Somewhere Boy review: gentle and tender drama with Lewis Gribben is the best Channel 4 series of the year

Lewis Gribben as Danny and Samuel Bottomley as Aaron in Somewhere Boy, wearing suits and sat in the garden (Credit: Channel 4) Lewis Gribben as Danny and Samuel Bottomley as Aaron in Somewhere Boy, wearing suits and sat in the garden (Credit: Channel 4)
Lewis Gribben as Danny and Samuel Bottomley as Aaron in Somewhere Boy, wearing suits and sat in the garden (Credit: Channel 4) | Channel 4
Only Lewis Gribben could’ve played Danny, at once a vulnerable, tender performance, and one with a single-minded determination to it

Danny Harris has always lived inside. He watches black-and-white films with his dad, the television casting a flickering glow that illuminates the room; they listen to old records, dancing together and laughing; they speak in silly voices and dress up to celebrate birthdays. It’s a secluded, isolated life, but it’s also one Danny is happy to live – because his dad protects him, keeps him safe, teaches him how to survive. They have each other, and that’s all either of them really needs. Because there are monsters outside, and they killed his mother.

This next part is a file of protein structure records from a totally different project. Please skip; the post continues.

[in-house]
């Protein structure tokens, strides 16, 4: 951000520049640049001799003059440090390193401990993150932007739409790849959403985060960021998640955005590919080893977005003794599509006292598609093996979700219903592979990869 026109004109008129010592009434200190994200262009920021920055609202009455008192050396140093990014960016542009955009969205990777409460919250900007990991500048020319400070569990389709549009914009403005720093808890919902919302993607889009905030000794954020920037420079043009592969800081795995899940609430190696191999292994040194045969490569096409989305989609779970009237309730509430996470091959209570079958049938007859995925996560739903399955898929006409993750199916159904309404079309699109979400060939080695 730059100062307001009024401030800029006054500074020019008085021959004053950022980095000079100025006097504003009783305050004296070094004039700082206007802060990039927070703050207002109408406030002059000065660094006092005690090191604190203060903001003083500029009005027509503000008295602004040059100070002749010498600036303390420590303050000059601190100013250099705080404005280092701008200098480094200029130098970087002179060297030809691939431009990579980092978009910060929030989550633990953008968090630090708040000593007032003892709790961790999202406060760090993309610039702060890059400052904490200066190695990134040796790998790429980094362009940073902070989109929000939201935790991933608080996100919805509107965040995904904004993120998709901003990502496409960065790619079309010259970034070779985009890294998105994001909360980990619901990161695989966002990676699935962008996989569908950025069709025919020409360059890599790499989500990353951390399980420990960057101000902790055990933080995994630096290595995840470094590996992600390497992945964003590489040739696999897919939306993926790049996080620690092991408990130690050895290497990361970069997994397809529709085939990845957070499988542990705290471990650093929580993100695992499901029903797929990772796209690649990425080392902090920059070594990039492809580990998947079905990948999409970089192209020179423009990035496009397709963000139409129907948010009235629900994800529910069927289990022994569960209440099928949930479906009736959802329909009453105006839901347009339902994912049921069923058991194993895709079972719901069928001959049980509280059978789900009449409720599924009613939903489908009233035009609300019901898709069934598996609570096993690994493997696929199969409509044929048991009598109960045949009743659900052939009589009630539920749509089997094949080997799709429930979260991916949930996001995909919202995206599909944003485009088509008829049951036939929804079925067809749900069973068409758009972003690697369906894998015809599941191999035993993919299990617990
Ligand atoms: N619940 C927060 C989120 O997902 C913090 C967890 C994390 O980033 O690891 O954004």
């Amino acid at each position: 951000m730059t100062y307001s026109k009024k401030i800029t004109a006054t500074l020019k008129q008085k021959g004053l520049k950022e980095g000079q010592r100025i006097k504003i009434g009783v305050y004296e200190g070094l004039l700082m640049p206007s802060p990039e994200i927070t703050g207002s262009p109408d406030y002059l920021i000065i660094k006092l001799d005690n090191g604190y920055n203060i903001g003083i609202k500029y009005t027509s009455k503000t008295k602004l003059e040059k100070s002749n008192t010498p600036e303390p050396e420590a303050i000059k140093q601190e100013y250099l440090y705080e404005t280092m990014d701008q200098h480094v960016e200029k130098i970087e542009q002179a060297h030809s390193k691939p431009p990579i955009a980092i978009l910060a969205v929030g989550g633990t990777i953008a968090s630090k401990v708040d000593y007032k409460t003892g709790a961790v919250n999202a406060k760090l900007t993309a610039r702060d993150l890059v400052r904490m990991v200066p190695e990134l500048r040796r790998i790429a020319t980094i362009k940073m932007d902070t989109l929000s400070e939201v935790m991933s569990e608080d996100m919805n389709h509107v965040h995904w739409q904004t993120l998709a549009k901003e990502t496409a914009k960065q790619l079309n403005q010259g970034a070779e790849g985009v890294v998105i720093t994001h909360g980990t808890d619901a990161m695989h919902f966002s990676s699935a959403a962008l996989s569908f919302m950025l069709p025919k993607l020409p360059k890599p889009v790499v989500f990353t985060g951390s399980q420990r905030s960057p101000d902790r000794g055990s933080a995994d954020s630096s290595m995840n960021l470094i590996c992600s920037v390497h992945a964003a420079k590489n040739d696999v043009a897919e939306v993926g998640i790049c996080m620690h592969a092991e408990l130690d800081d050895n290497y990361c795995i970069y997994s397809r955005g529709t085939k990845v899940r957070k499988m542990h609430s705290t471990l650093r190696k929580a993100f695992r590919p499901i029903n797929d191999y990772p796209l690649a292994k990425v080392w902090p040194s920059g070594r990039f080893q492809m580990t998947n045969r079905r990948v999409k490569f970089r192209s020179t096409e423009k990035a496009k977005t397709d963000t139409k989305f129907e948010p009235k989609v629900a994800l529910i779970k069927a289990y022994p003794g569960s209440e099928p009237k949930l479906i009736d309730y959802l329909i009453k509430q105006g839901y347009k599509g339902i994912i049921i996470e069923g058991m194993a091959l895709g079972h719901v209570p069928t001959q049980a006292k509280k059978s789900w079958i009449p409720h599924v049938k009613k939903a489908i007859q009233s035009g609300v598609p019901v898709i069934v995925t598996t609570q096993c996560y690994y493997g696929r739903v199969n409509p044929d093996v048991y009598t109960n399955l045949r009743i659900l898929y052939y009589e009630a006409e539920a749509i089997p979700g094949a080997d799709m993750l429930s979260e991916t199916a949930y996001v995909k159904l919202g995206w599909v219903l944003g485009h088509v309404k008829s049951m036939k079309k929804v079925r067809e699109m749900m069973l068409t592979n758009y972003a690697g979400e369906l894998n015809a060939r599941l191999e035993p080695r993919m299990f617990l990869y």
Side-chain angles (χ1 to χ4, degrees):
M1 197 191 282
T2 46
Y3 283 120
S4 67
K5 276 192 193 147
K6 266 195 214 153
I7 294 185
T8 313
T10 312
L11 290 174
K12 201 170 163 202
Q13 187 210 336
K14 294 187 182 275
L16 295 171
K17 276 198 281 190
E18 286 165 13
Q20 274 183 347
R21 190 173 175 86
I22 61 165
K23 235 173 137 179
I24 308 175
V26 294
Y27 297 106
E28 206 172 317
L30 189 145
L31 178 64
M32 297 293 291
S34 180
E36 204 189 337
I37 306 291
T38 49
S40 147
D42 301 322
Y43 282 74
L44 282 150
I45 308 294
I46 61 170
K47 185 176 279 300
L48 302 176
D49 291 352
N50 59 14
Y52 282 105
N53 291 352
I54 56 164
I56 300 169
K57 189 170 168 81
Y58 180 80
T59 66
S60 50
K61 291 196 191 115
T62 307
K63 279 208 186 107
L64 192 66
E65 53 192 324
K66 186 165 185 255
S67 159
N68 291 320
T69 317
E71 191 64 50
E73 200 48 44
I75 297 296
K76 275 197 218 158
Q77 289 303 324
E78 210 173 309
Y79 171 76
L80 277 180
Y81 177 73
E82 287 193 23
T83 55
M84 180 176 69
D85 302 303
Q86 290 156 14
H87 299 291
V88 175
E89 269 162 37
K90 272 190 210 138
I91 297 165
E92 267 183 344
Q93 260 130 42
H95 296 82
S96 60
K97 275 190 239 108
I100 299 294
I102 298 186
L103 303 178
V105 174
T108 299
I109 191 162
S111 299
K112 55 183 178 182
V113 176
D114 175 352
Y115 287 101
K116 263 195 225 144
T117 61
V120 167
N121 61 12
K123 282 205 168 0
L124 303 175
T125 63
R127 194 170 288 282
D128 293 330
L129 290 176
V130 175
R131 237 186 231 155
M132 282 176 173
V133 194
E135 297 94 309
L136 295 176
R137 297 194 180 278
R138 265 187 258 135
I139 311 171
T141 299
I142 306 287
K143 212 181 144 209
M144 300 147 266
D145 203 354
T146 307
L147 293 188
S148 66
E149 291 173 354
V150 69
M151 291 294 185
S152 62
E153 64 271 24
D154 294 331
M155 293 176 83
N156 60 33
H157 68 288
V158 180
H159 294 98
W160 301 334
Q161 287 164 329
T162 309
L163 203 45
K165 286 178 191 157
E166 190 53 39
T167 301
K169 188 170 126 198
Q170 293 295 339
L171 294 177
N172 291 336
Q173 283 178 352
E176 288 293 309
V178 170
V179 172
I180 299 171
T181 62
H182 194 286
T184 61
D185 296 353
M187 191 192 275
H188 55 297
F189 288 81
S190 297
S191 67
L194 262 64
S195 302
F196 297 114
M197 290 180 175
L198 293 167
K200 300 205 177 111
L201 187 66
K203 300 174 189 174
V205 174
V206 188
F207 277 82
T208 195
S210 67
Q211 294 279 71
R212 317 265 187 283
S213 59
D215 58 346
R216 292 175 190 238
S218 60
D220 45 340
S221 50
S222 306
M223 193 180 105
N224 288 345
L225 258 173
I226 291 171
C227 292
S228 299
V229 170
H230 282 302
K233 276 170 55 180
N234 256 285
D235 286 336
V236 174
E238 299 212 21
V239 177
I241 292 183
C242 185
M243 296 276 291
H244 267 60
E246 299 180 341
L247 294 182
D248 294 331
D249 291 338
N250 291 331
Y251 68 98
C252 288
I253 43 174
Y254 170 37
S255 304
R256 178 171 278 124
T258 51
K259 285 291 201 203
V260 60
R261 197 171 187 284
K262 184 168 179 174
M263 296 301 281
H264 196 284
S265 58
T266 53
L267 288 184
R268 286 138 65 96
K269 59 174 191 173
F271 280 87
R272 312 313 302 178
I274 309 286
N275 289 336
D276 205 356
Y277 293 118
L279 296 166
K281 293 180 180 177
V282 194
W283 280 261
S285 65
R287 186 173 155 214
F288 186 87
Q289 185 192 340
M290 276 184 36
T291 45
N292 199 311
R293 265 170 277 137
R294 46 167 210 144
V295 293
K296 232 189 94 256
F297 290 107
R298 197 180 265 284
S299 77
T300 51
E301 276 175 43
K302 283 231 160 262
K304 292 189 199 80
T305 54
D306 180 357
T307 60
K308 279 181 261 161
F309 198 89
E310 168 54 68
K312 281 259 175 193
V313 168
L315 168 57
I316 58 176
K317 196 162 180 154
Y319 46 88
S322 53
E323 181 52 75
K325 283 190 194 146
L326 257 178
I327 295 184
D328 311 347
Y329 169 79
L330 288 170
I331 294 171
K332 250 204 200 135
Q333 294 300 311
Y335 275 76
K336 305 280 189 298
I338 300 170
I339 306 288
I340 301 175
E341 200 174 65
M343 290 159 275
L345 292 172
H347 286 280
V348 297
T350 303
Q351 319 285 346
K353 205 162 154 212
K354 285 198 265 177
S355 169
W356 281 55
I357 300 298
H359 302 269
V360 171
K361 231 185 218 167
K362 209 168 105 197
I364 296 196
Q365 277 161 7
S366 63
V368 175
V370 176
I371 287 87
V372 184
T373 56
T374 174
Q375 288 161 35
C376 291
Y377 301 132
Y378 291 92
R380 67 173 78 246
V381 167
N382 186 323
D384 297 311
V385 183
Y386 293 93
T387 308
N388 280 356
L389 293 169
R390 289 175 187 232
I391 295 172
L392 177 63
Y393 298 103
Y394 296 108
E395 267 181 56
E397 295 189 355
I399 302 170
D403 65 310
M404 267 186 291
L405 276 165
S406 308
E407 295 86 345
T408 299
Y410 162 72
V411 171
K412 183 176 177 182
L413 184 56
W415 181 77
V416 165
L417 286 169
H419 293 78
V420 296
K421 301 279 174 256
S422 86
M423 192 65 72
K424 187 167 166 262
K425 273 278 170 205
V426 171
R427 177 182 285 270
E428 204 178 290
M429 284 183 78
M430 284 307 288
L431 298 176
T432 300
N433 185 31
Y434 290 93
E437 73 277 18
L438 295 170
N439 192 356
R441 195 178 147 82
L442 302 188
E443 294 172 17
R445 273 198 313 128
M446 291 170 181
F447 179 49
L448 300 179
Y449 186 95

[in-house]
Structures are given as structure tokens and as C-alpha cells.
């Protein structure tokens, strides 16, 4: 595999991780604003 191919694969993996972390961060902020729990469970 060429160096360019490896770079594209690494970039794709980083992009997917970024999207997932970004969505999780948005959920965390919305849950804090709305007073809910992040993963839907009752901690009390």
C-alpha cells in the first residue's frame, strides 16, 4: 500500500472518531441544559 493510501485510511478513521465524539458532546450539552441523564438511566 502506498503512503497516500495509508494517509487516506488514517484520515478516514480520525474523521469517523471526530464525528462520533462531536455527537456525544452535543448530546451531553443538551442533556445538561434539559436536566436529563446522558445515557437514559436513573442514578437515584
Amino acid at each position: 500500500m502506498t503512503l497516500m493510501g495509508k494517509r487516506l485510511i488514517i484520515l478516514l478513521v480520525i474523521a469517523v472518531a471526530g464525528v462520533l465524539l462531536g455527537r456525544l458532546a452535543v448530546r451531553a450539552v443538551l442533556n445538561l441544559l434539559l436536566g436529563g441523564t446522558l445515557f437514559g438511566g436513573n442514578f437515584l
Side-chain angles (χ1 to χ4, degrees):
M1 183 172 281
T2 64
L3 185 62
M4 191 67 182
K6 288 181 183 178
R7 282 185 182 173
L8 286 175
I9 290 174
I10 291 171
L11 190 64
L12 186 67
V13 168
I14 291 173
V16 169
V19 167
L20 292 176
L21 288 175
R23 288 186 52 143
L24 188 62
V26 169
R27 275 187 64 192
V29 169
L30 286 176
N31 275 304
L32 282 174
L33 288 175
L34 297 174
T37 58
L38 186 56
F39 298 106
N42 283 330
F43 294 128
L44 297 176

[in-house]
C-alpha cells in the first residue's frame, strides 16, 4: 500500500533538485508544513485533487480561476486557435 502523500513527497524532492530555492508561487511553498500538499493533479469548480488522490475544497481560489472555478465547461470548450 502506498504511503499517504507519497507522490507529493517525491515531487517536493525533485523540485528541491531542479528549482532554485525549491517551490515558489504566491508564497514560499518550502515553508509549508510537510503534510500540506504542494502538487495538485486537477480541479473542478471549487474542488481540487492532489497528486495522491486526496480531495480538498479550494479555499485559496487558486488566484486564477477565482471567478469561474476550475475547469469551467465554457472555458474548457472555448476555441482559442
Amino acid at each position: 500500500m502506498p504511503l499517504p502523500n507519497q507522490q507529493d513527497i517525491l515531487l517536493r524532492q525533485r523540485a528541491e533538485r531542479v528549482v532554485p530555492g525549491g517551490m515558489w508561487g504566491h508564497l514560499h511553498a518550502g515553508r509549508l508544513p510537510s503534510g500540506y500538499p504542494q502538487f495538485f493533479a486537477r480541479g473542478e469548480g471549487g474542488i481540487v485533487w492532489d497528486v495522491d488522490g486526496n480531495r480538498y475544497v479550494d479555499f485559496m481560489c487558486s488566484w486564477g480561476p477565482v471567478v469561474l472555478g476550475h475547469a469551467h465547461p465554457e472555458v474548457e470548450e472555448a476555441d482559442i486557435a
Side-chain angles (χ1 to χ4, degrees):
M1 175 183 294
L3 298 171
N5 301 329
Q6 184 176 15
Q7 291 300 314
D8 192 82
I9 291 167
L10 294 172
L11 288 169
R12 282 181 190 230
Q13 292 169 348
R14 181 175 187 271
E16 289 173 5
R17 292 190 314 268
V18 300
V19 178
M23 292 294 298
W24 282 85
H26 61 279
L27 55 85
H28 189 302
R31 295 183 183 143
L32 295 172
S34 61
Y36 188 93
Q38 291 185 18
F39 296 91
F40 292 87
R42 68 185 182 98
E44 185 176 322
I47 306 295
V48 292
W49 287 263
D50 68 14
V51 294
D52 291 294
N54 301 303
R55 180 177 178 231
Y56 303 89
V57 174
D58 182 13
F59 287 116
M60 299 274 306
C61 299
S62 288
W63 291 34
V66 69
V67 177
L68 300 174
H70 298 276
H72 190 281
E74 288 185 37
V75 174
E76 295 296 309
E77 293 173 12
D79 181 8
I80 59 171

Somewhere Boy – so named because Danny isn’t really from anywhere, not a place or even really a time – begins when that life collapses in on itself. Danny’s whole existence shatters in an instant, and he’s forced to take his first tentative steps into an entirely unfamiliar world; separated from his father and sent to live with his aunt and her children, Danny begins to adjust to experiences he could never have conceptualised before. Growing up, his only exposure to the outside world was a pizza advert tracked in on his dad’s shoe; now, he’s being introduced to a world of karaoke and pubs and internet porn and garden parties.

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More than anything else, Somewhere Boy is concerned with ideas of love. Danny always insists his dad loved him, that his dad was protecting him, that his dad would never lie to him; part of the series is about gradually taking that apart, gradually illustrating the scale of Danny’s father’s abuse and how deeply those scars run. When he goes to live with his aunt and cousin Aaron, Danny is too frightened to leave the house, and insistent on keeping the people he starts to care about close to him in a way not unlike his father – it’s a little reminiscent of a former cult member undergoing a process of deprogramming, in a way.

What’s interesting about Somewhere Boy, though, is the space it allows for complexity within that. Danny’s father Steve is, undeniably, abusive – monstrous, even, maybe the only real monster in Danny’s life. But by the same measure, Somewhere Boy always makes an effort to root that within a plainly genuine kind of love and affection; as writer Pete Jackson recently explained in an interview, “Danny has had [an] emotionally engaged, available, tactile, loving father. [We wanted] to create a world where we can blur that line between love and abuse, and create a world one might at points want to return to”. The result is something much knottier, much more nuanced, and in turn a more challenging drama to engage with.